In a country with extraordinary natural and human resource reserves, preservation of these resources is, surprisingly, the last thing on most Nigerians’ minds. Kelechi Anabaraonye, a young political scientist with a burgeoning interest in our countries’ colonial past, however, is staunchly focused on preserving these buildings that he insists tell stories; stories which, in his words, we have been ‘lackadaisically been running away from’. Read on to learn more about Kelechi’s favourite buildings, his vision for tourism in the city of Lagos and how preserving Nigeria’s cultural artifacts would help keep our country’s history alive and solidify our collective identity.

First of all, tell us about yourself. Who really is Kelechi Anabaraonye?

Kelechi Anabaraonye is a native of Ezinihitte-Mbaise and a political science student of the University of Lagos with a huge penchant for colonial history especially colonial structures.

How did you get into architectural photography? 

It all started in 2014 when I got my current phone [iPhone 5] and all I did was walk around Lagos Island, taking photographs of these buildings on streets like Broad Street, Catholic Mission Street, Igbosere Road, Campbell Street etc which was a year and some months after I had graduated from the prestigious King’s College, Lagos who also boasts of colonial architecture as well.

Whose work has been most influential, both to your studies of African history and your photography?

I’d say Gillian Hopwood and Marc Riboud of which I discovered the latter first. Coming across his photographs of Africa gave me so much inspiration of which I started writing tales on my Instagram page attached which just non-architectural photographs of which the stories were set in War-torn Biafra [Eastern Nigeria].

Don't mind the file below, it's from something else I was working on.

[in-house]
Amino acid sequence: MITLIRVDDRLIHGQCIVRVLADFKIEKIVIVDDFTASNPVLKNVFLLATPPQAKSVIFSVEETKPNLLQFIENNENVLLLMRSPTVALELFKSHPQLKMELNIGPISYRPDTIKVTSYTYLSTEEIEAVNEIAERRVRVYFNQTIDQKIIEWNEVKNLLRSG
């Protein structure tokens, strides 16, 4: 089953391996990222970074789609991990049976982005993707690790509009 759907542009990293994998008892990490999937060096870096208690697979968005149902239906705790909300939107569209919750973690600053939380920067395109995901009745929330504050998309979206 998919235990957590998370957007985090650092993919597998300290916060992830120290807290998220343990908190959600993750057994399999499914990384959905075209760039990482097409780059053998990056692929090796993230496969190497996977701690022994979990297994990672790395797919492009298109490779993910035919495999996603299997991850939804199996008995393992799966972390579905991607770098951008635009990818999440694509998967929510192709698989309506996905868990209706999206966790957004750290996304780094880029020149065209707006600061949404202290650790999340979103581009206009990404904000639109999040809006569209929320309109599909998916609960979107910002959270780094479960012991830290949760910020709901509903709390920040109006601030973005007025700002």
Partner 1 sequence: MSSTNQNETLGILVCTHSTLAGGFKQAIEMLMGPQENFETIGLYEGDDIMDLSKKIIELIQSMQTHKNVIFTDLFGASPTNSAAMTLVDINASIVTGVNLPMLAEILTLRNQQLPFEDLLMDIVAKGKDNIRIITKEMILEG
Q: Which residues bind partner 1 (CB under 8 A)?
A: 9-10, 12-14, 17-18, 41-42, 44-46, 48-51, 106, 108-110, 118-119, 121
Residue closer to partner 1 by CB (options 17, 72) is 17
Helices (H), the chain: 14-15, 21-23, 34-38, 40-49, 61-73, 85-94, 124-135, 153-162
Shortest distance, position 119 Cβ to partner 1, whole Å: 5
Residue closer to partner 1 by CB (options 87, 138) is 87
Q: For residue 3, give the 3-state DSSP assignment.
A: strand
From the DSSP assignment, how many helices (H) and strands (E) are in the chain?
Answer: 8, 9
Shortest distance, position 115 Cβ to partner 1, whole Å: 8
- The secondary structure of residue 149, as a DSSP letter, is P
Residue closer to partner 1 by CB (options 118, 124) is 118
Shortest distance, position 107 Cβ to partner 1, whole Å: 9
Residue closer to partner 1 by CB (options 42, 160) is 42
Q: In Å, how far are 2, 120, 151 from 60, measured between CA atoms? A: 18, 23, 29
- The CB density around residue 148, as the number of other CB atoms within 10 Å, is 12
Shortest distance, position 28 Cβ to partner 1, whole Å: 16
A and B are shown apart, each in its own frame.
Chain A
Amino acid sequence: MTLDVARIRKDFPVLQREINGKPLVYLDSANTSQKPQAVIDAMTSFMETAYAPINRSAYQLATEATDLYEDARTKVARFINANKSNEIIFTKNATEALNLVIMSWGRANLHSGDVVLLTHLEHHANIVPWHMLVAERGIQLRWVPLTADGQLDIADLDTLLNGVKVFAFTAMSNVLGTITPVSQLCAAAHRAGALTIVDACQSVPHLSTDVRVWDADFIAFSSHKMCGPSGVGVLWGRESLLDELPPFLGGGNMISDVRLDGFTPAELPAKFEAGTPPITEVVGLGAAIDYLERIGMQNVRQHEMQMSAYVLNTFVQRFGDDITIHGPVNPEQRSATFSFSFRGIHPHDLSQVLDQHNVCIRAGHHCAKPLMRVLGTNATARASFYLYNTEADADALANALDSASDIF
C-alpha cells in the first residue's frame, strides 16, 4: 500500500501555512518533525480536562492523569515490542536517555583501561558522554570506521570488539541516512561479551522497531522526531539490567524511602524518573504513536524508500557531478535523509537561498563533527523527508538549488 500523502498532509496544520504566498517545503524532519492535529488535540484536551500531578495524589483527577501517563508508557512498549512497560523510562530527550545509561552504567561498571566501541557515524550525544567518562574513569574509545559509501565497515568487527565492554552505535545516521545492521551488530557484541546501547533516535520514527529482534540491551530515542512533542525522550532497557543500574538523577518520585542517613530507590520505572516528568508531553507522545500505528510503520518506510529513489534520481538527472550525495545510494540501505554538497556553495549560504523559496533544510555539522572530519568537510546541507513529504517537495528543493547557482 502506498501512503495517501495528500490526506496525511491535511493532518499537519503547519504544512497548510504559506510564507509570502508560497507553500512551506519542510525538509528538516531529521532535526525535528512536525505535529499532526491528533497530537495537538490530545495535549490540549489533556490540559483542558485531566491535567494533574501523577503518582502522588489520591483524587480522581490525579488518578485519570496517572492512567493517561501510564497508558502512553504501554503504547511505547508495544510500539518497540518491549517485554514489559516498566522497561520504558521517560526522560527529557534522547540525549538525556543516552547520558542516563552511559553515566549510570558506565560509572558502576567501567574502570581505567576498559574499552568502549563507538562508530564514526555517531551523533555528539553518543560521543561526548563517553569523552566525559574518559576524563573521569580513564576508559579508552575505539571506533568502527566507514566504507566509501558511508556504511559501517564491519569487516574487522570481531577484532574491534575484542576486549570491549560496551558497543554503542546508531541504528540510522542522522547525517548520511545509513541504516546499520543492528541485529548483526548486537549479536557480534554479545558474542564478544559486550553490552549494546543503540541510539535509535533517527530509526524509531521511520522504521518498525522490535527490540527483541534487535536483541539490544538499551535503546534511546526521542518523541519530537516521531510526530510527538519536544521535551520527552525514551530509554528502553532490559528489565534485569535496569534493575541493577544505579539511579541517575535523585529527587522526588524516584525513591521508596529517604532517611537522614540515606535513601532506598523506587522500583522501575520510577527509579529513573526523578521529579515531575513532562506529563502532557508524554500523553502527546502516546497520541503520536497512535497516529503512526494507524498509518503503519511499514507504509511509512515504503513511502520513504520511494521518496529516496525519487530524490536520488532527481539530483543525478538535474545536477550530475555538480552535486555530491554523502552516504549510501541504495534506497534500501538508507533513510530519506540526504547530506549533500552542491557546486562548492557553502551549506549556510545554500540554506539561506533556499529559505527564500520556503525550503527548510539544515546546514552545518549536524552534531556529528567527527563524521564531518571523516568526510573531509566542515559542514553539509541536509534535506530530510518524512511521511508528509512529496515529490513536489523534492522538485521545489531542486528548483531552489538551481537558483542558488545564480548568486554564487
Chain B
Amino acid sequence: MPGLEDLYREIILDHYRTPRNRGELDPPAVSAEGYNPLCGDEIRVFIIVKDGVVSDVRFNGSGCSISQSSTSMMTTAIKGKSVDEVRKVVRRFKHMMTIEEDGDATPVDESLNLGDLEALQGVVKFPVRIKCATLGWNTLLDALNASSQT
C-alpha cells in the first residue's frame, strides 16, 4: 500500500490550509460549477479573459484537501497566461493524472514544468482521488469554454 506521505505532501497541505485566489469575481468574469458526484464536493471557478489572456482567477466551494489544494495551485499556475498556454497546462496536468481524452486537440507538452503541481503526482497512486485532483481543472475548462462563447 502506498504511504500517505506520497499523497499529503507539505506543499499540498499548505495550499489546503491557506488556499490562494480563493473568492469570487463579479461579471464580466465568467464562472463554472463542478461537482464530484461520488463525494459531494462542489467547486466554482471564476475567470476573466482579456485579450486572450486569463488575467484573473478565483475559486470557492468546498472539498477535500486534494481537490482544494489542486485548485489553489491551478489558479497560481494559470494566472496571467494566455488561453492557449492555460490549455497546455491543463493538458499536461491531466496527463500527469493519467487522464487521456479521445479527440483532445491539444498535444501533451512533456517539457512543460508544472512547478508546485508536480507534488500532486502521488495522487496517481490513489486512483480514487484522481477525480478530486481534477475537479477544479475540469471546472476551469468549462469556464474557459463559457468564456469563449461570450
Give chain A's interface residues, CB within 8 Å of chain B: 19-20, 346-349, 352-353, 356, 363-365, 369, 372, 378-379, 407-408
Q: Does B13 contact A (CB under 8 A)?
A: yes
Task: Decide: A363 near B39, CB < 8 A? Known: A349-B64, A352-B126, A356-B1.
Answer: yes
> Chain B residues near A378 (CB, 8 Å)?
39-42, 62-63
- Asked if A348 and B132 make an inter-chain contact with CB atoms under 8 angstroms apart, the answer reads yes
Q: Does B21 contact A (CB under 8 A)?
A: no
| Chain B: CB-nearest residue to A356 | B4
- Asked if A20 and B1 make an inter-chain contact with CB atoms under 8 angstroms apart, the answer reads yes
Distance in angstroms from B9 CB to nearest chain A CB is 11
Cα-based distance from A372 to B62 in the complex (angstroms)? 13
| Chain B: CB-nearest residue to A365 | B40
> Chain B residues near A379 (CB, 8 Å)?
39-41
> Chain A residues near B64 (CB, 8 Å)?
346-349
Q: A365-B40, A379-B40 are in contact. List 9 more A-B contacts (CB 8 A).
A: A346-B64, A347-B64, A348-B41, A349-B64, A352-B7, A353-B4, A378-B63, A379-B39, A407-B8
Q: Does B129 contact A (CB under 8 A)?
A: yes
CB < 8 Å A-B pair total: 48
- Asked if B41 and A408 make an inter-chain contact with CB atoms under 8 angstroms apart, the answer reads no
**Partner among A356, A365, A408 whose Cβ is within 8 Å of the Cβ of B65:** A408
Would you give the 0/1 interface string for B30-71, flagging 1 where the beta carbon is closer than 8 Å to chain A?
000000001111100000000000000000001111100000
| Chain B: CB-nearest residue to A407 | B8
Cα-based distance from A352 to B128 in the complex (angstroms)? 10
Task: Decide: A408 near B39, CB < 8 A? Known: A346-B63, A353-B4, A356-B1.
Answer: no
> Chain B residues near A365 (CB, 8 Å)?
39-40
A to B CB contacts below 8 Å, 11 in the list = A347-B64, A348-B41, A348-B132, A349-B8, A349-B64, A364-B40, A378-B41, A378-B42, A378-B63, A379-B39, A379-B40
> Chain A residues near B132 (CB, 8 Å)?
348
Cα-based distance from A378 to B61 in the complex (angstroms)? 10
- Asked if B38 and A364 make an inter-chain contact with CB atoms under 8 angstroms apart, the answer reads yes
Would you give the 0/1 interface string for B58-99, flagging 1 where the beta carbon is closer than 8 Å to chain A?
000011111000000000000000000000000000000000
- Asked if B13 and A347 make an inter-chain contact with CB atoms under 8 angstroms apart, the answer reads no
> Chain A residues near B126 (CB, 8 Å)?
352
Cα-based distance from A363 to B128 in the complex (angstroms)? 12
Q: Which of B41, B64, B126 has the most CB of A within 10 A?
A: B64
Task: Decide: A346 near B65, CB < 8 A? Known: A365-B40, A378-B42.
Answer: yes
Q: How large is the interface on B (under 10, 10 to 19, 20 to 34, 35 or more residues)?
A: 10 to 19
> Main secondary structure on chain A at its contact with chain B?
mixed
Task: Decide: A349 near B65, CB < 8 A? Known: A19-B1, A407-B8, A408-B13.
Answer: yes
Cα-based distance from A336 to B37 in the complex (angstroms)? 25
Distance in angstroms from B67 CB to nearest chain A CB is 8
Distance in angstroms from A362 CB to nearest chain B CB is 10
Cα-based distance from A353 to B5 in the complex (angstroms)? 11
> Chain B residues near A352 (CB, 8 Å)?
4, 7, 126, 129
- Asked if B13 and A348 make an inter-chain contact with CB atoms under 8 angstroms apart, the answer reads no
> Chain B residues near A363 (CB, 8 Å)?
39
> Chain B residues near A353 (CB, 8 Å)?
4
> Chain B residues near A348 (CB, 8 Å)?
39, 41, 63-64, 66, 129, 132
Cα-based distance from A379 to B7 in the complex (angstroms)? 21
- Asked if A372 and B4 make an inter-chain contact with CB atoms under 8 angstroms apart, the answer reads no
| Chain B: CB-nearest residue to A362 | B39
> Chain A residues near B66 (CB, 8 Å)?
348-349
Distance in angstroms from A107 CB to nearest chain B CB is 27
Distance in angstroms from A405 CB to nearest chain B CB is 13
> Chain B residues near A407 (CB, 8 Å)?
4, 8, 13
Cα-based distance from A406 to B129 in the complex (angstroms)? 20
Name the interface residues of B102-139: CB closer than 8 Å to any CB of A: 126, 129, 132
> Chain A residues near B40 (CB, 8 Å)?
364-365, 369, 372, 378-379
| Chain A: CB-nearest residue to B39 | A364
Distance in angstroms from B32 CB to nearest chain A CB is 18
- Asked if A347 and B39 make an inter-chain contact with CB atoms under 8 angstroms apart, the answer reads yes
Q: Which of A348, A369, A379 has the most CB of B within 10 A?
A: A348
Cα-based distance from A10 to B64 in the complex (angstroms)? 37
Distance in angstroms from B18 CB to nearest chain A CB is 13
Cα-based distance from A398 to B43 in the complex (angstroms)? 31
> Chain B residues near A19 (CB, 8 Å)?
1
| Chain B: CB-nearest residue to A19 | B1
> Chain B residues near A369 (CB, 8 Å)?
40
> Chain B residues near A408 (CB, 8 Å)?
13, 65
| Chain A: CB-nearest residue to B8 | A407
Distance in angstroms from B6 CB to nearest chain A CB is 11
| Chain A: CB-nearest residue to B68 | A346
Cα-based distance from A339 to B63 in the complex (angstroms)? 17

Tell me about your favourite series you’ve done or photograph you’ve taken. What inspired it and what did you like about it?

Ah. I have so many photographs that I look like and I’m like, was this really me that took this photo? But I’d say I took some recently, one is of the Holy Cross Cathedral, another of the Cathedral Church of Christ, Old Government Printing Press, Old Secretariat, and I think of the CBAAC building. But there’s one iconic one that I have never shared and don’t think I’d share anytime soon, of the Old Government House. But to talk about one I’d say of the Holy Cross Cathedral despite the fact that I’m Catholic but people are always inclined to preferring the Cathedral Church of Christ structure over the Catholic Cathedral. But there’s something about likening such structures. I rediscovered details when I took the photo. I was more inclined to understanding the flying buttresses although the Cathedral Church of Christ boasts of such but for the Catholic Cathedral it’s more detailed and the pinnacles are more or less exquisitely designed and could pass for maybe the Cologne Cathedral or even the French Gothic cathedrals in France which the Holy Cross Cathedral took after the architectural style. The cross above the main entrance was looking too beautiful in my eyes so I took out my phone, stood gently and quietly took a few shots of course with the clear skies. I always pray to God whenever I have waka or in between the day plan a quick waka that the beautiful skies be in favour of the photographs I’d take. But I was in awe at God’s beauty when I took the shot.

How has your study of political science influenced your passion for colonial architecture and its restoration?

I was really interested in being a politician but after the whole drama leading to the 2015 general elections when I was moving to 200 level, I was like this is a no for me. I cannot do this so with the research I had done since 2009 on history, colonialism including I built on it, and kept on taking photographs of these buildings and of course, in Nigerian politics and the constitutional development course I did, it brought me to the fact that oh yes, the Europeans. And of course, you cannot mention British presence in Nigeria without mentioning some colonial structures.

Religious establishments form a big part of your work. What exactly is it about them that you find resonant?